Female ducks: With their babies

This article explains how a mother duck hatches babies and how they grow up.
By FluffTheDuck · Jan 8, 2019 · ·
  1. FluffTheDuck
    For farmyard and wild ducks alike, nesting typically occurs in early to mid-spring. Duck hens lay about a dozen or so eggs, which take nearly a month to hatch. A mother duck sitting on her eggs is "brooding", and her collection of eggs -- and eventually ducklings -- is known as a brood. Brooding provides heat during the important incubation period; the time it takes for the eggs to hatch. After a successful mating, the mother duck prepares to next by plucking down feathers from her abdomen, creating a bald area known as a "brood patch." She arranges the plucked feathers around the bottom and sides of the nest to provide additional warmth and insulation. The plucking also results in an additional benefit: blood vessels run close to the duck's skin in the brood patch and pass heat from the mother directly to the eggs. Duck mothers lay a single egg per day, and in the end, her "clutch" size, the number of eggs she has laid, will be around 8 to 14 eggs. When her laying is complete, the brooding duck will begin to incubate her eggs around the clock. During this time, she will need to take breaks for food and water, however, these moments are brief. A mother duck sits on her eggs for 20 to 23 hours a day, taking an average of three breaks, each lasting around an hour at a time. When she does leave her nest, the duck hen covers her eggs with additional down and nesting material to help keep the eggs warm in her absence. The incubation period lasts an average of 28 days, about a month. With the mother duck spending so little time away from the nest, she relies on stored fat to survive. A couple of days before the eggs are ready to hatch, small cracks begin to appear, and the ducklings will begin peeping from inside their eggs. Then, in a span of 24 hours, all the ducklings will hatch from their eggs, using a small sharp bump on their bills called an "egg tooth." The egg tooth falls off quickly after hatching. Once all the ducklings have hatched, the mother duck typically spends one more night on the nest, helping to warm and dry the newly hatched brood. The next day, she will begin to take the ducklings out to find food and forage, as they follow her closely. Many domestic ducks have no experience with brooding or incubating and tend to neglect their nests or ducklings. When this occurs, fertile eggs are usually incubated by a broody hen, if one is available, or by artificial incubation. The amount of time required to hatch the eggs is the same, however, hens cannot typically keep an entire clutch of duck eggs warm, due to the large size of the eggs in comparison to her body. Young ducklings can feed themselves as soon as they reach water but must learn what is edible. They depend on their mother for warmth for a few days. She broods them regularly, particularly at night, as they easily chill in cold weather. The down of the ducklings is not naturally waterproof. They get the waterproofing for their down from their mother. She also protects her ducklings from attacks by other mallards. Ducks do not tolerate stray ducklings close to their own brood, and females kill small strange young they encounter. Ducklings take 50-60 days to fledge (fly) and become independent. They are able to breed when they are a year old. white-mother-duck-sitting-on-nest-of-eggs.jpg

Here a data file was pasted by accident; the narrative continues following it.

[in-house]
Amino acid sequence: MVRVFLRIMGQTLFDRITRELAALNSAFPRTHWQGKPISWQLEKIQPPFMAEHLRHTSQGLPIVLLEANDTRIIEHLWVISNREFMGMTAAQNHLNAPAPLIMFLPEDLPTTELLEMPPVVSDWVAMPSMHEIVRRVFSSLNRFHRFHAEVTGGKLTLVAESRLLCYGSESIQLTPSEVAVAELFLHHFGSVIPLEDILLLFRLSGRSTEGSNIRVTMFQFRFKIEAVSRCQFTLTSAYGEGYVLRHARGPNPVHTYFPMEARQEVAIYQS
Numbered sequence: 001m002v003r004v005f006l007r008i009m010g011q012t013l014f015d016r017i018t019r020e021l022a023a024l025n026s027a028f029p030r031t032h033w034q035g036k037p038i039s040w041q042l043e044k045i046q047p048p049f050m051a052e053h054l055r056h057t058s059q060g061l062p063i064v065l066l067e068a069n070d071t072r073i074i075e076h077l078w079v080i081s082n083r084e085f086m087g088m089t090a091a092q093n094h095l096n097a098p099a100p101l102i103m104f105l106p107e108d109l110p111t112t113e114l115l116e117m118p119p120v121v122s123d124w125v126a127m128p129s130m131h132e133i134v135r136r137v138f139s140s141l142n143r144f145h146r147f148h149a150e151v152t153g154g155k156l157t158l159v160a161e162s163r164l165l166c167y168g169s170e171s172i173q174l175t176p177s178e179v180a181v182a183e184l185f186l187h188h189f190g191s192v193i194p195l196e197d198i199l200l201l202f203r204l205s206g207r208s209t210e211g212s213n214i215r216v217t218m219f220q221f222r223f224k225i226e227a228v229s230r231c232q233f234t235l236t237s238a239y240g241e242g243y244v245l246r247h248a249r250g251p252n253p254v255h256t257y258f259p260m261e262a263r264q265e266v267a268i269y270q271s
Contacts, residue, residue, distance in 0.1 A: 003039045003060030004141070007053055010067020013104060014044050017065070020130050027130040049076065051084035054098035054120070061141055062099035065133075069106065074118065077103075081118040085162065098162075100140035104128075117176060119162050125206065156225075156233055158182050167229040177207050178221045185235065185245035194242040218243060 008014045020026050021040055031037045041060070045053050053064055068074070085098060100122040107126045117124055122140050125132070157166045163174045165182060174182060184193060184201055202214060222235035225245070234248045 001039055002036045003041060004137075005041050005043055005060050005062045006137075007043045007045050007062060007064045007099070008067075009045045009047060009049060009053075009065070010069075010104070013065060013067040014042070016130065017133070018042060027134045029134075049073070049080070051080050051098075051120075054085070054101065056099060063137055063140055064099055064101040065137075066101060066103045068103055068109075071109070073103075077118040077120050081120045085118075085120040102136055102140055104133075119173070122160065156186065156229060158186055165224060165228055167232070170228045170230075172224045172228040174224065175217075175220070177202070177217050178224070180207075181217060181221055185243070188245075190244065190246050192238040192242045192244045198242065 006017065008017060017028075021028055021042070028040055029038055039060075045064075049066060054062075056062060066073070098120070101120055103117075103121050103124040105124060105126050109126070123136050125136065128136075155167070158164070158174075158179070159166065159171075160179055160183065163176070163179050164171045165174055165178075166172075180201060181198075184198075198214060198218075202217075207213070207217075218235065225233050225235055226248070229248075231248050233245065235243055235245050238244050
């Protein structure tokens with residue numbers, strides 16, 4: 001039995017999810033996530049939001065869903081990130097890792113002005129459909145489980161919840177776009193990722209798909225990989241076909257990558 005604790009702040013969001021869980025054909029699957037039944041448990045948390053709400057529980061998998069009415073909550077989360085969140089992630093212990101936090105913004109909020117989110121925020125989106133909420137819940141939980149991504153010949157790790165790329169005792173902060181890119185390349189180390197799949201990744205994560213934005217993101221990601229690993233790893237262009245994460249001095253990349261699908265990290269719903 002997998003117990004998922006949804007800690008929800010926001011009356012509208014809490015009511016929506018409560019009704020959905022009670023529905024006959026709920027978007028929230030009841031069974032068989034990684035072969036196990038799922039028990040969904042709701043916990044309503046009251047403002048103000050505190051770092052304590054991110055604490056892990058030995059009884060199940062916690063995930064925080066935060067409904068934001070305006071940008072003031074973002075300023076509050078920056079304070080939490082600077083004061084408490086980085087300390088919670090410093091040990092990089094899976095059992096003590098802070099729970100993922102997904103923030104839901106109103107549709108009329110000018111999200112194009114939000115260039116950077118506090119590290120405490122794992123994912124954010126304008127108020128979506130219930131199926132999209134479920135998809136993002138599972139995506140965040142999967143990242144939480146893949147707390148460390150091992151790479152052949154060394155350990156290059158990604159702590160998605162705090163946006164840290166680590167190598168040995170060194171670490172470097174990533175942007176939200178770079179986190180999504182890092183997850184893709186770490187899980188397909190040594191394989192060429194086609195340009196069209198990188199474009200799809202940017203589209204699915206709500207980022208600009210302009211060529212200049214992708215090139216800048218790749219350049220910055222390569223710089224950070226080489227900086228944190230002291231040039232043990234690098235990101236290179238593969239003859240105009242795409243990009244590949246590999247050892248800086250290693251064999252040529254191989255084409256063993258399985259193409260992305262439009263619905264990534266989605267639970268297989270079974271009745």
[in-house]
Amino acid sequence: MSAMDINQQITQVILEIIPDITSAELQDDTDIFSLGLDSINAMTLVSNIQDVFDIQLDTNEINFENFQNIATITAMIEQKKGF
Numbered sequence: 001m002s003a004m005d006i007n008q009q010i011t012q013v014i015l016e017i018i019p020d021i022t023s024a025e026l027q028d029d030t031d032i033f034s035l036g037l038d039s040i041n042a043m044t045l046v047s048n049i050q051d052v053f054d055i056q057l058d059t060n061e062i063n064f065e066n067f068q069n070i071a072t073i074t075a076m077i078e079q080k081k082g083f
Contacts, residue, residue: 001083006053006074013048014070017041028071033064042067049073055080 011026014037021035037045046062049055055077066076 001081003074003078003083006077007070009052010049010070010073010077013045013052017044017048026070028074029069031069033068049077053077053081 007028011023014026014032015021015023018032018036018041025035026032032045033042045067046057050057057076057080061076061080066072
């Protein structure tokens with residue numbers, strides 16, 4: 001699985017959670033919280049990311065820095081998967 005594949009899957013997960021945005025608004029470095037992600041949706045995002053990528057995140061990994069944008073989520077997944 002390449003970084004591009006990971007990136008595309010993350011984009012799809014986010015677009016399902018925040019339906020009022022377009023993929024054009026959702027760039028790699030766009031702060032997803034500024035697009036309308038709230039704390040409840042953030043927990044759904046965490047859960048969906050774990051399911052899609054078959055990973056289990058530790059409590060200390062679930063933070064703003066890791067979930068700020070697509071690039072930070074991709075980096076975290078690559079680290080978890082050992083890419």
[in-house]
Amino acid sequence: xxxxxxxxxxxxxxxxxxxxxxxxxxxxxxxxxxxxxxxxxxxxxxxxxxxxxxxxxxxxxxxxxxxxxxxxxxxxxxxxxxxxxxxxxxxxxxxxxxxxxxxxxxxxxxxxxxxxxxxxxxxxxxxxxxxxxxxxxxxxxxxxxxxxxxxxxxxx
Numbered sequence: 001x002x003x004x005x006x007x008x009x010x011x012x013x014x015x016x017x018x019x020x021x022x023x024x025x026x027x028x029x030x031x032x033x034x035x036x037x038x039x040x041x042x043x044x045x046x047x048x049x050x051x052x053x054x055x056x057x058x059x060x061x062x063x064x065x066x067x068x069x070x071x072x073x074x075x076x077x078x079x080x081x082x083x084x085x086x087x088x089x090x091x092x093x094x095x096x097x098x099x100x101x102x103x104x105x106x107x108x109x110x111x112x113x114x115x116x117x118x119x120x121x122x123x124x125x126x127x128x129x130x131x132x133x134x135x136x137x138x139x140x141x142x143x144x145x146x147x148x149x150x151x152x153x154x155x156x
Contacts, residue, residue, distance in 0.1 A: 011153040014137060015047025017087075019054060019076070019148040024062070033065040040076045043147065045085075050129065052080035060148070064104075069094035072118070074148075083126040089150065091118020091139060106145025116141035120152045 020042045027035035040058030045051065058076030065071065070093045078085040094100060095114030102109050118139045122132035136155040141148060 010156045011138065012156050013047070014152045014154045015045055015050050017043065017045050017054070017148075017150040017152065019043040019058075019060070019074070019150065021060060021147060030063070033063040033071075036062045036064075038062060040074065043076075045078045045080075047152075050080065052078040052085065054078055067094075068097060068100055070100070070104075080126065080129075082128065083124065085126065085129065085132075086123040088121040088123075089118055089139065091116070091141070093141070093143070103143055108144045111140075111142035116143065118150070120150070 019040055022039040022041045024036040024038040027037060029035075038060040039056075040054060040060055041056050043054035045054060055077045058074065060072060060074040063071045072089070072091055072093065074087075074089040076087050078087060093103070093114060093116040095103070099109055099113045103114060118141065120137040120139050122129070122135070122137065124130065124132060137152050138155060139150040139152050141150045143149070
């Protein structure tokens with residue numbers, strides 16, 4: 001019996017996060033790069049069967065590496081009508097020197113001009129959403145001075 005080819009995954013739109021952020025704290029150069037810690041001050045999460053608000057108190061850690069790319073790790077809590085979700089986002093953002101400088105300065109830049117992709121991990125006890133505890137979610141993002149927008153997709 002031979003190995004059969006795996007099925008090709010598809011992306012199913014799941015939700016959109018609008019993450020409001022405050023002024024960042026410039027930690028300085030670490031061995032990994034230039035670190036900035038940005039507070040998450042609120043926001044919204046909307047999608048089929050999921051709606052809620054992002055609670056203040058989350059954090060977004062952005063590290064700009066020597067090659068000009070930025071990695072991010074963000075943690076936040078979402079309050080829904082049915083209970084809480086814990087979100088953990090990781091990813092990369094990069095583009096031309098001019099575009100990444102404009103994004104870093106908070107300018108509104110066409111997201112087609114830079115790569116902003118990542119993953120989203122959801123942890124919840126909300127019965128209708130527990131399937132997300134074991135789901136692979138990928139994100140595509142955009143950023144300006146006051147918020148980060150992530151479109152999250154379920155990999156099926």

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    About Author

    Hi! I love animals! I have horses, ducks, rabbits, cows, chickens, dogs, cats, hamsters, fish, and much more animals! I know quite a bit about ducks, but I know a lot about chickens! Now, if you want to, go ahead and read my article!
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Recent User Reviews

  1. Bridger Davis
    5/5, 5 out of 5, reviewed Apr 11, 2019
    FluffTheDuck likes this.
  2. Tannerpauldean
    "Love the info on natural incubation"
    5/5, 5 out of 5, reviewed Apr 4, 2019
    One thing I've always wondered - if a domestic duck goes broody and is allowed to incubate naturally and there is no pond on the farm, what do the ducklings eat? I would love to let one of my ducks hatch out her own brood, but knowing the nutritional requirements (especially vit. B & niacin) I don't see how they would be able to forage enough food to grow. Thoughts?
    FluffTheDuck likes this.
  3. Anonymous
    "Ok read."
    2/5, 2 out of 5, reviewed Jan 12, 2019
    Article could be improved by setting out in paragraphs and more pictures would be extremely helpful.


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  1. aboyer116
    Super information! I do have some questions, though! I currently have a call duck laying on 6 eggs. She is in a duck house with 4 other females calls. Will the other ducks harm the babies? I am not quite sure how to handle multiple ducks in the house once they hatch!
    Thank you in advance for the advice.
      FluffTheDuck likes this.
    1. FluffTheDuck
      Ducks don’t really like having new ducks in the flock! I would keep your broody away from them when they hatch. Good luck!
      aboyer116 likes this.

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